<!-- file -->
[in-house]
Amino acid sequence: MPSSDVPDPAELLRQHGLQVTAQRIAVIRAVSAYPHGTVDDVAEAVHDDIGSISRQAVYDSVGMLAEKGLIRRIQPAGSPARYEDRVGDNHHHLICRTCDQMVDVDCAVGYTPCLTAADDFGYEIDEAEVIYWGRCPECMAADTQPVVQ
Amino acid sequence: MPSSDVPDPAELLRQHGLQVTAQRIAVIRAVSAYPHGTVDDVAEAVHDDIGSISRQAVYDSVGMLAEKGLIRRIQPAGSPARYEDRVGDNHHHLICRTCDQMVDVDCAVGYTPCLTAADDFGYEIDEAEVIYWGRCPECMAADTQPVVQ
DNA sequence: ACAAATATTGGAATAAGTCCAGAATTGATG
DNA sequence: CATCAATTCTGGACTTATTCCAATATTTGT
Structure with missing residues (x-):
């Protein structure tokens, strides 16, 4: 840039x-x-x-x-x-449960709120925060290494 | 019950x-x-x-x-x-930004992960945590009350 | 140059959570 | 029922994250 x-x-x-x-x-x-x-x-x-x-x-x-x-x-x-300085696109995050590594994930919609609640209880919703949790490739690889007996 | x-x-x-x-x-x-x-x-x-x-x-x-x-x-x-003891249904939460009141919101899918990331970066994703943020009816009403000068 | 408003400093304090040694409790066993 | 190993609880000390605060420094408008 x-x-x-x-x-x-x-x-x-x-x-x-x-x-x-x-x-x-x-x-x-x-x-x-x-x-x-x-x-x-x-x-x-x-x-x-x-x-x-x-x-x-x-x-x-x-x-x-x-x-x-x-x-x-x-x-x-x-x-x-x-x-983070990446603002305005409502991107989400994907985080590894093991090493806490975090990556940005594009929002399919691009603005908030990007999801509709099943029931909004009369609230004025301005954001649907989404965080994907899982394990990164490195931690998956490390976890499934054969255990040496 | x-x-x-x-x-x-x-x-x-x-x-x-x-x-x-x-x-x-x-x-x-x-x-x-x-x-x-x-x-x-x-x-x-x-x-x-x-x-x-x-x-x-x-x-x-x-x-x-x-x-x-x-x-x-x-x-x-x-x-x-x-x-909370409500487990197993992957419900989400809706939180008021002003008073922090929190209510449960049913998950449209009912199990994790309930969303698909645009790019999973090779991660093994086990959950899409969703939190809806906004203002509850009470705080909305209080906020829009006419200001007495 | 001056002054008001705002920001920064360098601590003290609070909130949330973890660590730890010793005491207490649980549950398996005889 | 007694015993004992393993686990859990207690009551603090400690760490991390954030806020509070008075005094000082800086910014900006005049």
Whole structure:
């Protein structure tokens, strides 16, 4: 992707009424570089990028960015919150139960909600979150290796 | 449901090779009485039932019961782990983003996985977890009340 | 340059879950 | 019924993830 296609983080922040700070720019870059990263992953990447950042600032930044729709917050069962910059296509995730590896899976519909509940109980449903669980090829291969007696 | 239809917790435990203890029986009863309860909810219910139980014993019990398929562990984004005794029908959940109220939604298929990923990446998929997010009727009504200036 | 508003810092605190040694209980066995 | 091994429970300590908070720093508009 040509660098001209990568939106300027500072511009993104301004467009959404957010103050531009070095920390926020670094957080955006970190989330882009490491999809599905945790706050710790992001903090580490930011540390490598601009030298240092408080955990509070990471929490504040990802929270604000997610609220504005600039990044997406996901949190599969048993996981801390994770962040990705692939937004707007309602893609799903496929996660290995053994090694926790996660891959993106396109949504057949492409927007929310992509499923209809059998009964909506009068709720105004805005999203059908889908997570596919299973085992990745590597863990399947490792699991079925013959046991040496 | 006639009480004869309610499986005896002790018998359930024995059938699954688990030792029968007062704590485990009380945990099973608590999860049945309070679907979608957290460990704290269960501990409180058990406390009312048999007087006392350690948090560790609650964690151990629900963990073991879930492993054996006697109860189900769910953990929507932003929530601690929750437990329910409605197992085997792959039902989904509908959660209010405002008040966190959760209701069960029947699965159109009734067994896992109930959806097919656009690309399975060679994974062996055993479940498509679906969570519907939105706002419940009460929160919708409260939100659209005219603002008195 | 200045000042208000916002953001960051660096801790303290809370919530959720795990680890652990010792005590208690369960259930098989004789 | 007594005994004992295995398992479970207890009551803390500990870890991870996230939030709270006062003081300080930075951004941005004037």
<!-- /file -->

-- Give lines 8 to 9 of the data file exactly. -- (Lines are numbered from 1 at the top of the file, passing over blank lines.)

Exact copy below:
Whole structure:
């Protein structure tokens, strides 16, 4: 992707009424570089990028960015919150139960909600979150290796 | 449901090779009485039932019961782990983003996985977890009340 | 340059879950 | 019924993830 296609983080922040700070720019870059990263992953990447950042600032930044729709917050069962910059296509995730590896899976519909509940109980449903669980090829291969007696 | 239809917790435990203890029986009863309860909810219910139980014993019990398929562990984004005794029908959940109220939604298929990923990446998929997010009727009504200036 | 508003810092605190040694209980066995 | 091994429970300590908070720093508009 040509660098001209990568939106300027500072511009993104301004467009959404957010103050531009070095920390926020670094957080955006970190989330882009490491999809599905945790706050710790992001903090580490930011540390490598601009030298240092408080955990509070990471929490504040990802929270604000997610609220504005600039990044997406996901949190599969048993996981801390994770962040990705692939937004707007309602893609799903496929996660290995053994090694926790996660891959993106396109949504057949492409927007929310992509499923209809059998009964909506009068709720105004805005999203059908889908997570596919299973085992990745590597863990399947490792699991079925013959046991040496 | 006639009480004869309610499986005896002790018998359930024995059938699954688990030792029968007062704590485990009380945990099973608590999860049945309070679907979608957290460990704290269960501990409180058990406390009312048999007087006392350690948090560790609650964690151990629900963990073991879930492993054996006697109860189900769910953990929507932003929530601690929750437990329910409605197992085997792959039902989904509908959660209010405002008040966190959760209701069960029947699965159109009734067994896992109930959806097919656009690309399975060679994974062996055993479940498509679906969570519907939105706002419940009460929160919708409260939100659209005219603002008195 | 200045000042208000916002953001960051660096801790303290809370919530959720795990680890652990010792005590208690369960259930098989004789 | 007594005994004992295995398992479970207890009551803390500990870890991870996230939030709270006062003081300080930075951004941005004037």